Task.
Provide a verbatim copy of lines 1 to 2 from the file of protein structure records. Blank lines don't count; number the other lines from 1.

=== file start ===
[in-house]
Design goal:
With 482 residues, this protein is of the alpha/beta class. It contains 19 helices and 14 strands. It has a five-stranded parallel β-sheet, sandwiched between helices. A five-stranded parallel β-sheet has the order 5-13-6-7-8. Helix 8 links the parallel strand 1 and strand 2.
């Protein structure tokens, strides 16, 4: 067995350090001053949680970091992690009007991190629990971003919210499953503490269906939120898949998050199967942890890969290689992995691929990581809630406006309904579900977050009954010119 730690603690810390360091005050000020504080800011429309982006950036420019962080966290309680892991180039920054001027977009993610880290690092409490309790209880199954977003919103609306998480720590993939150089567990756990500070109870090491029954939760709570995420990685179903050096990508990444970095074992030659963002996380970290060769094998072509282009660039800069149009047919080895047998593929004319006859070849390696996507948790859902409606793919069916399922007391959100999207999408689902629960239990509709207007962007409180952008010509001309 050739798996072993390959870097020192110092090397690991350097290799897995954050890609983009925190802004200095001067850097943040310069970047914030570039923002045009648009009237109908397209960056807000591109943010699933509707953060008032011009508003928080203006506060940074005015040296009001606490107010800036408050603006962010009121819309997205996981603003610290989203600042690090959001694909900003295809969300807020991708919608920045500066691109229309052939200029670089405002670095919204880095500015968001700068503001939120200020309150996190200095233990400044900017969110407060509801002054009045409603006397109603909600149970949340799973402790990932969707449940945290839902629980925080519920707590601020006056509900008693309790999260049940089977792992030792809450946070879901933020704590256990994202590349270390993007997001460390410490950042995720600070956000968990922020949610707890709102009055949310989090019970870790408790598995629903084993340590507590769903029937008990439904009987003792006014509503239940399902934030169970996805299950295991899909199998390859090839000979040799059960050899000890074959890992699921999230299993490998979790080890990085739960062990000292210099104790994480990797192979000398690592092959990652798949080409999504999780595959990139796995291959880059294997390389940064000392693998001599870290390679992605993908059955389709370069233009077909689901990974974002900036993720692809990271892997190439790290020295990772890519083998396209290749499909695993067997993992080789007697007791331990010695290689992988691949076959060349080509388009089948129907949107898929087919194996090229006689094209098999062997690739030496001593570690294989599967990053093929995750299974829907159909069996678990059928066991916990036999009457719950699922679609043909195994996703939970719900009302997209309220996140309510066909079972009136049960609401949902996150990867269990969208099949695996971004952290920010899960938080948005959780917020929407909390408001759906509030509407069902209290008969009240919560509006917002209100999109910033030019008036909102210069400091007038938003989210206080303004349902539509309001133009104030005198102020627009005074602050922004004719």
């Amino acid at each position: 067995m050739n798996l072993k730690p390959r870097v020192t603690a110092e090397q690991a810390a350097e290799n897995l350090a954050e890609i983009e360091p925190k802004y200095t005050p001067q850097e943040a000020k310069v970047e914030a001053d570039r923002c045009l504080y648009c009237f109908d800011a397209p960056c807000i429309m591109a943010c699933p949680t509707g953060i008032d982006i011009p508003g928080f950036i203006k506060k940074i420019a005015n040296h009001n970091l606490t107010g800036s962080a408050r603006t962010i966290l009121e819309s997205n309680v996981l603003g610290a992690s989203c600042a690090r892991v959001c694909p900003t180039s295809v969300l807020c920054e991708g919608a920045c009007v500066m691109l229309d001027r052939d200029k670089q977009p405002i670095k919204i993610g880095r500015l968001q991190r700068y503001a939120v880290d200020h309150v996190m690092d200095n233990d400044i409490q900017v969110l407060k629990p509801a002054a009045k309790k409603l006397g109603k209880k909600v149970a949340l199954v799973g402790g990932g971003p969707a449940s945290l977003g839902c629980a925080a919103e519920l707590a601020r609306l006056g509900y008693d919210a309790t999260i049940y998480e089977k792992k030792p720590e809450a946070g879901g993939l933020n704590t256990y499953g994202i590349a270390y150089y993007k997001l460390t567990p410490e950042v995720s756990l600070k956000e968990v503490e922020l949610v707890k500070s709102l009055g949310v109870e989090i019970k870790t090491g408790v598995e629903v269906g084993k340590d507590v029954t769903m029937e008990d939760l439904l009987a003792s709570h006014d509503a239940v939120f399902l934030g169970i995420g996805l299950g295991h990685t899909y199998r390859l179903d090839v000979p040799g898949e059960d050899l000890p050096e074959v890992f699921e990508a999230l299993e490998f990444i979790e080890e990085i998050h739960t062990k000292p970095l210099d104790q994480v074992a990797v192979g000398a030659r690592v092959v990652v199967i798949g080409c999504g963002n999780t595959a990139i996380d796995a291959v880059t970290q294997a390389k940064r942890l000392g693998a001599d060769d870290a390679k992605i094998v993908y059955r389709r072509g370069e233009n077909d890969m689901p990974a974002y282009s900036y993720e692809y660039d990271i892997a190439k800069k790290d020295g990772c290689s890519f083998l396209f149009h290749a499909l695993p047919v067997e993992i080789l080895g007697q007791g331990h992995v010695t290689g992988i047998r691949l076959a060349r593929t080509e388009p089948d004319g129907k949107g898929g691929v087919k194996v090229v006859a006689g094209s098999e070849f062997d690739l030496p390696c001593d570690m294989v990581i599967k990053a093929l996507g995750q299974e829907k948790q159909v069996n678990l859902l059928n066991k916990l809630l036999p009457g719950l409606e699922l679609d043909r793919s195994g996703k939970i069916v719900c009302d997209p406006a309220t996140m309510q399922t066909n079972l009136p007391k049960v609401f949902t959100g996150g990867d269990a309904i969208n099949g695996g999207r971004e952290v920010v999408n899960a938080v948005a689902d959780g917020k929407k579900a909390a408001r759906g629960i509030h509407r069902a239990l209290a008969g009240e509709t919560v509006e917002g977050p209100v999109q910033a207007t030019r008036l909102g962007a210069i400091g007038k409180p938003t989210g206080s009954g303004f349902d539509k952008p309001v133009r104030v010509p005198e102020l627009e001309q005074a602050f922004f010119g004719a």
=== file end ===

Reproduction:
[in-house]
Design goal: